In , within six years of the founding of the colony, it was reported that there were now "large numbers of females who are living by a life of prostitution in the city of Adelaide, out of all proportion to the respectable population". The Police Act  set penalties for prostitutes found in public houses or public places  This was consistent with the vagrancy laws then operating throughout the British Empire and remained the effective legislation for most of the remainder of the century, although it had little effect despite harsher penalties enacted in and Following the scandal described by WT Stead in the UK, there was much discussion of the white slave trade in Adelaide, and with the formation of the Social Purity Society of South Australia in along similar lines to that in other countries, similar legislation to the UK Criminal Law Consolidation Amendment Act was enacted, making it an offence to procure the defilement of a female by fraud or threat the Protection of Young Persons Act.
While current legislation is based on acts of parliament from the s and s, at least six unsuccessful attempts have been made to reform the laws, starting in Parliament voted a select committee of inquiry in August,  renewed following the election. The committee report recommended decriminalisation. A number of issues kept sex work in the public eye during and The next development occurred on 8 February when Ian Gilfillan Australian Democrat MLC stated he would introduce a decriminalisation private members bill.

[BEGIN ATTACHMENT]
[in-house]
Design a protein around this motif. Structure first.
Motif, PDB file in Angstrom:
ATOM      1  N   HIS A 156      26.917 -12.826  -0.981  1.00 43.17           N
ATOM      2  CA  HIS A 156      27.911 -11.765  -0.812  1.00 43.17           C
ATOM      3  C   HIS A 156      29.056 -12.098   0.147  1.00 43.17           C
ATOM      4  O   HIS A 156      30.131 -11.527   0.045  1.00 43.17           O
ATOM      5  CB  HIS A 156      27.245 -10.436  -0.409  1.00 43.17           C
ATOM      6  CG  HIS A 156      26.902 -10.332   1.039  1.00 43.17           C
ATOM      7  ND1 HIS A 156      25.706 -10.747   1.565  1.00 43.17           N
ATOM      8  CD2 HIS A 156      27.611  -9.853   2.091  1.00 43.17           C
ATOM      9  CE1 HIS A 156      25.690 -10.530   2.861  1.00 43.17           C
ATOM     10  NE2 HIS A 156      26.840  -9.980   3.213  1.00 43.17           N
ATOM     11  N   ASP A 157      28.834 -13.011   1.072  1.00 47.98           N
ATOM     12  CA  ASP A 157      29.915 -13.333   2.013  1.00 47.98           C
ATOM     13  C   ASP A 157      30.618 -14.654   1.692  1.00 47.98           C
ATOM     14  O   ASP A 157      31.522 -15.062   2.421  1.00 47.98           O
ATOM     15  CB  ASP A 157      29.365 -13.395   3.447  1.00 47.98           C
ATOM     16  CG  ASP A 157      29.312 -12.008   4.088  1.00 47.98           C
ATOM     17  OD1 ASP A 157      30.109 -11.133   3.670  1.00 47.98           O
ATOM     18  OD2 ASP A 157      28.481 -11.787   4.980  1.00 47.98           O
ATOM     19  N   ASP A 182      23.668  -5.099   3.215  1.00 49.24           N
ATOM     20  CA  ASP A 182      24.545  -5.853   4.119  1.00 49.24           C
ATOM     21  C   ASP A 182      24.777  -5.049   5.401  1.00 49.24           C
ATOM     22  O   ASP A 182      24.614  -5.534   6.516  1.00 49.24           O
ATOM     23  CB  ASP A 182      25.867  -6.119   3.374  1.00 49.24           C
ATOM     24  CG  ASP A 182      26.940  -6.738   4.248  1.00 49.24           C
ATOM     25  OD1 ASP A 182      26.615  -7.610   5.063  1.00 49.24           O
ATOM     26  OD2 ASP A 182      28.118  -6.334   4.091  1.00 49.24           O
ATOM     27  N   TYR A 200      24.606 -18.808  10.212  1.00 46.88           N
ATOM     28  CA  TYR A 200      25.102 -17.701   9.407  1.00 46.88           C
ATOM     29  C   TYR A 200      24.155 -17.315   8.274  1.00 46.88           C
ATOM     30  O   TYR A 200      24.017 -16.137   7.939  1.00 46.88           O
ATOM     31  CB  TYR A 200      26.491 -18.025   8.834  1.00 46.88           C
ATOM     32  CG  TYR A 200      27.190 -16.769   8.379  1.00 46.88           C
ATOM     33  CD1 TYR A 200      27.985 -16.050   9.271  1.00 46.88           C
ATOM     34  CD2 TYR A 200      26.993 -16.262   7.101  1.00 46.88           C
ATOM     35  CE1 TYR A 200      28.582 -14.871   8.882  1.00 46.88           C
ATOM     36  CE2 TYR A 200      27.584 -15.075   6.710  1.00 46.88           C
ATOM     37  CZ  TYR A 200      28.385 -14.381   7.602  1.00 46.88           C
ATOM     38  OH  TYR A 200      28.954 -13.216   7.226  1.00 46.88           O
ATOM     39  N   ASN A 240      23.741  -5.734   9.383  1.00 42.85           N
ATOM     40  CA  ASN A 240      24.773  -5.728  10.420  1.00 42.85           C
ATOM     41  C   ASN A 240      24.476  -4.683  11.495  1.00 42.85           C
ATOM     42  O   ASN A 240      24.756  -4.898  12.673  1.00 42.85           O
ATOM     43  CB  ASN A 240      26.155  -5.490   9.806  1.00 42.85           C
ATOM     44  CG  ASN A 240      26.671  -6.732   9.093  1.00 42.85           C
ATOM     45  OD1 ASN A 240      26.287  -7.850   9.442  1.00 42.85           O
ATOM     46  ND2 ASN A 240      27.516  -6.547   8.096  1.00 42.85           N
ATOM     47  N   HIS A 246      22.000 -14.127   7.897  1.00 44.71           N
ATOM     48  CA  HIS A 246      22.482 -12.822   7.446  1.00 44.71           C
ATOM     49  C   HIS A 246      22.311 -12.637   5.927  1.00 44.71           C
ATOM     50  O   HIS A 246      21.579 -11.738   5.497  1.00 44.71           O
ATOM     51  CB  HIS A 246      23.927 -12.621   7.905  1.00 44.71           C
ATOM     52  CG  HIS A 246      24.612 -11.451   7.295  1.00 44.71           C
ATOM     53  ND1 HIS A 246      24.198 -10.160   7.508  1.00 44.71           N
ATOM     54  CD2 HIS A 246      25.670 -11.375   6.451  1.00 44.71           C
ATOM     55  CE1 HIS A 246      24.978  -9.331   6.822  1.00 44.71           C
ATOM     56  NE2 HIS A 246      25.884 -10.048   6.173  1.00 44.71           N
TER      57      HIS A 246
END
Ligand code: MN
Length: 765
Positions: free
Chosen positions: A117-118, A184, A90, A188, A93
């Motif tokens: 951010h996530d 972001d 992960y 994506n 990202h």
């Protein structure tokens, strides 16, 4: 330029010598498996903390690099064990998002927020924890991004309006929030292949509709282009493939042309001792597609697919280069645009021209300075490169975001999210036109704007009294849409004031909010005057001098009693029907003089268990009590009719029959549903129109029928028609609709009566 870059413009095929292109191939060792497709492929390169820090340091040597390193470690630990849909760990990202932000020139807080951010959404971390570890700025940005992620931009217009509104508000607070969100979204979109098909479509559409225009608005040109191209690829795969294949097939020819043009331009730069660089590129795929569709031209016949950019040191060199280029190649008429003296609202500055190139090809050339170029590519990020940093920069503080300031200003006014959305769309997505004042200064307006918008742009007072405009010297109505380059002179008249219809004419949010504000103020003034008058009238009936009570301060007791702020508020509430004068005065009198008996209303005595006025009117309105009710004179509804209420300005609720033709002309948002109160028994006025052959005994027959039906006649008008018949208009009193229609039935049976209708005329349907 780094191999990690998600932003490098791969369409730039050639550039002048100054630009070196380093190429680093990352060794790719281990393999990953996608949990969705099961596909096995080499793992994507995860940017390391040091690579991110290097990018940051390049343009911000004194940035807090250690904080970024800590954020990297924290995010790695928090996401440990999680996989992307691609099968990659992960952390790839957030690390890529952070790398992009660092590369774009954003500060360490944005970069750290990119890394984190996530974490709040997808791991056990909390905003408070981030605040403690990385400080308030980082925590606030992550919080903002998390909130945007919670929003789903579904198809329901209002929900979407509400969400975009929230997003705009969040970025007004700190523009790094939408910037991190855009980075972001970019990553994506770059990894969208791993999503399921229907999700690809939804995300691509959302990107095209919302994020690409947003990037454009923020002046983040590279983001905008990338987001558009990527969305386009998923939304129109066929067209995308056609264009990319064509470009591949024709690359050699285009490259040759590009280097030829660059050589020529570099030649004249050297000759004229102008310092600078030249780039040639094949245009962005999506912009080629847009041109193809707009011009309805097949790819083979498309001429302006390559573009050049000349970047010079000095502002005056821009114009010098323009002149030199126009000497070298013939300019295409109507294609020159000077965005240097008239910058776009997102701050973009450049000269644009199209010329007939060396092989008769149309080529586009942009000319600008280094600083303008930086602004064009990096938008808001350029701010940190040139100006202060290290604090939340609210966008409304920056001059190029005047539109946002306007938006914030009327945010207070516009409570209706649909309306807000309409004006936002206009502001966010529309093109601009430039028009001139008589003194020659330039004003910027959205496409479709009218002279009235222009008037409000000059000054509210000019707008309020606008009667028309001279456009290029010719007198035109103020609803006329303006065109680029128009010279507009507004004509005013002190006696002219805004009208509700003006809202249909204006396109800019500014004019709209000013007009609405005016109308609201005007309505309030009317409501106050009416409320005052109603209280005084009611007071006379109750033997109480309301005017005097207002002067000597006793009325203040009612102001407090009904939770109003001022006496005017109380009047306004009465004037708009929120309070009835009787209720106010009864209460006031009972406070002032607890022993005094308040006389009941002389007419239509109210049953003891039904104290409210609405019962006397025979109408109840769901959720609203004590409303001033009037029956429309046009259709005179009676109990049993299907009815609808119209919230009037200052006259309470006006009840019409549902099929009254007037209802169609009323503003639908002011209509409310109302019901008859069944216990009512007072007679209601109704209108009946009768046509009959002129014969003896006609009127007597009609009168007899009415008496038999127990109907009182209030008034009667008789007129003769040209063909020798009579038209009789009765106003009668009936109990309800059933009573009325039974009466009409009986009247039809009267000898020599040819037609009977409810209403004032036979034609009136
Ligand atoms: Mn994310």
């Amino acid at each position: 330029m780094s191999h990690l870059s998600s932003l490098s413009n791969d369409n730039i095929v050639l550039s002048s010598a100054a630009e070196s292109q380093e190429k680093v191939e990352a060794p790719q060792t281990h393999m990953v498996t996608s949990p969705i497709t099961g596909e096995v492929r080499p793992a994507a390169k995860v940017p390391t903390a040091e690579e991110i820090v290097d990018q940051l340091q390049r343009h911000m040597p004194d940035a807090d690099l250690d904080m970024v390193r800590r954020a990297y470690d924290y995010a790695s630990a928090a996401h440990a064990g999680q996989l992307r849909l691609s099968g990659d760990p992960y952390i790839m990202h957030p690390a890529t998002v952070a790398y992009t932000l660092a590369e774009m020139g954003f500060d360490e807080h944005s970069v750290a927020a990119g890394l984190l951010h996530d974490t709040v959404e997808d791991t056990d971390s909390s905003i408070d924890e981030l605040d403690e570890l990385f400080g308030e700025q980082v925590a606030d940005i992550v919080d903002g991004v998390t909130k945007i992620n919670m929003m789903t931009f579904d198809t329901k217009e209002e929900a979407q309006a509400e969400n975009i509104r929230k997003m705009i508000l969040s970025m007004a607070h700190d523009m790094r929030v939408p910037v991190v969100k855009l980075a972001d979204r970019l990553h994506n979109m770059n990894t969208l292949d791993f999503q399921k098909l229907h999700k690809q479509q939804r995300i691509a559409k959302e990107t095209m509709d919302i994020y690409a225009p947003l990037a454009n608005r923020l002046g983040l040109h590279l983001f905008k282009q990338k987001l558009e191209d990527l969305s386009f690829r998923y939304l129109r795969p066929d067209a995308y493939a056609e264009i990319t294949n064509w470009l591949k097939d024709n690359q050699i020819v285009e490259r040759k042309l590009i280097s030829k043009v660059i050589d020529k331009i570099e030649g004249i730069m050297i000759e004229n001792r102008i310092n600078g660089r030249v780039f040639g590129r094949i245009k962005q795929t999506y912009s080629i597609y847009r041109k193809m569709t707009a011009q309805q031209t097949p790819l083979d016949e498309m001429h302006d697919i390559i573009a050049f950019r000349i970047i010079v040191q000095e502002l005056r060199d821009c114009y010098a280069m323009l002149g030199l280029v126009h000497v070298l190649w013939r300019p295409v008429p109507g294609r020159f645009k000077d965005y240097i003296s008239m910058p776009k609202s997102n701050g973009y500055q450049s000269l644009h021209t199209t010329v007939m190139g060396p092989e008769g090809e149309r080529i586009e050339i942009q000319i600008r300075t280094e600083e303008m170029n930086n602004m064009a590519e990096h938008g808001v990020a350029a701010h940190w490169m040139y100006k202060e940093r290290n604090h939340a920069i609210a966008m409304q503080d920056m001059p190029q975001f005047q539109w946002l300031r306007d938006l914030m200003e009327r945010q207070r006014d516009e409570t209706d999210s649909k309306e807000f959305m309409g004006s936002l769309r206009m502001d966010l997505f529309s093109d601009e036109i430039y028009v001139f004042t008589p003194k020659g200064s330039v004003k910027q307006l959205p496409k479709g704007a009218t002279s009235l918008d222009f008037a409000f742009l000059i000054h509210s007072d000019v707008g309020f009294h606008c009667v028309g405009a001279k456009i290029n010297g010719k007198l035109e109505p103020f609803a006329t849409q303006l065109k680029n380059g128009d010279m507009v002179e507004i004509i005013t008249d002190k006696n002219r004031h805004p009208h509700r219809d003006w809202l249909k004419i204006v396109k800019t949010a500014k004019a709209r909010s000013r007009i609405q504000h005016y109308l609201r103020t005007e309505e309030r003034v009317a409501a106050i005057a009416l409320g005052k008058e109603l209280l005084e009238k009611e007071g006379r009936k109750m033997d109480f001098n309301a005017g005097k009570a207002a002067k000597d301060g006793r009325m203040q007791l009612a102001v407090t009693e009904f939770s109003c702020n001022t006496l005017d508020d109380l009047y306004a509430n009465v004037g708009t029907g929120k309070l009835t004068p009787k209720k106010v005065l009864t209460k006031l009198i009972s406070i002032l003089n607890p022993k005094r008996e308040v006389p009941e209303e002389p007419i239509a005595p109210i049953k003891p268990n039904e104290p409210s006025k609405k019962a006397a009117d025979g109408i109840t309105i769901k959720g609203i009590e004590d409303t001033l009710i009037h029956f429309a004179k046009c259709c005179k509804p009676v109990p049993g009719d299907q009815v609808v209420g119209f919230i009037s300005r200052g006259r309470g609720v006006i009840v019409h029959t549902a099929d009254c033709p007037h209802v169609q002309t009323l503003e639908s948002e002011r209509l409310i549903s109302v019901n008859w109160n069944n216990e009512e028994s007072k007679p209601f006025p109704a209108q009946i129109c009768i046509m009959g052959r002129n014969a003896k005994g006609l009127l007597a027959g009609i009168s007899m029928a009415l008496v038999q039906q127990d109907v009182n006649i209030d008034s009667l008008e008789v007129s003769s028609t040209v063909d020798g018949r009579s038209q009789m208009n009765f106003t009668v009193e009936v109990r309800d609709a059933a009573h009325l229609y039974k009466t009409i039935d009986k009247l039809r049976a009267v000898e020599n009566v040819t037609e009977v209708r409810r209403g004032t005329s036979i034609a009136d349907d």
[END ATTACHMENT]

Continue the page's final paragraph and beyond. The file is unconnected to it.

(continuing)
He did so on 10 April  but it met opposition from groups such as the Uniting Church and it lapsed when parliament recessed for the winter.
Another bill came in and then Mark Brindal , a Liberal backbencher, produced a discussion paper on decriminalisation in November , and on 9 February he introduced a private member's bill Prostitution Decriminalisation Bill to decriminalise prostitution and the Prostitution Regulation Bill on 23 February.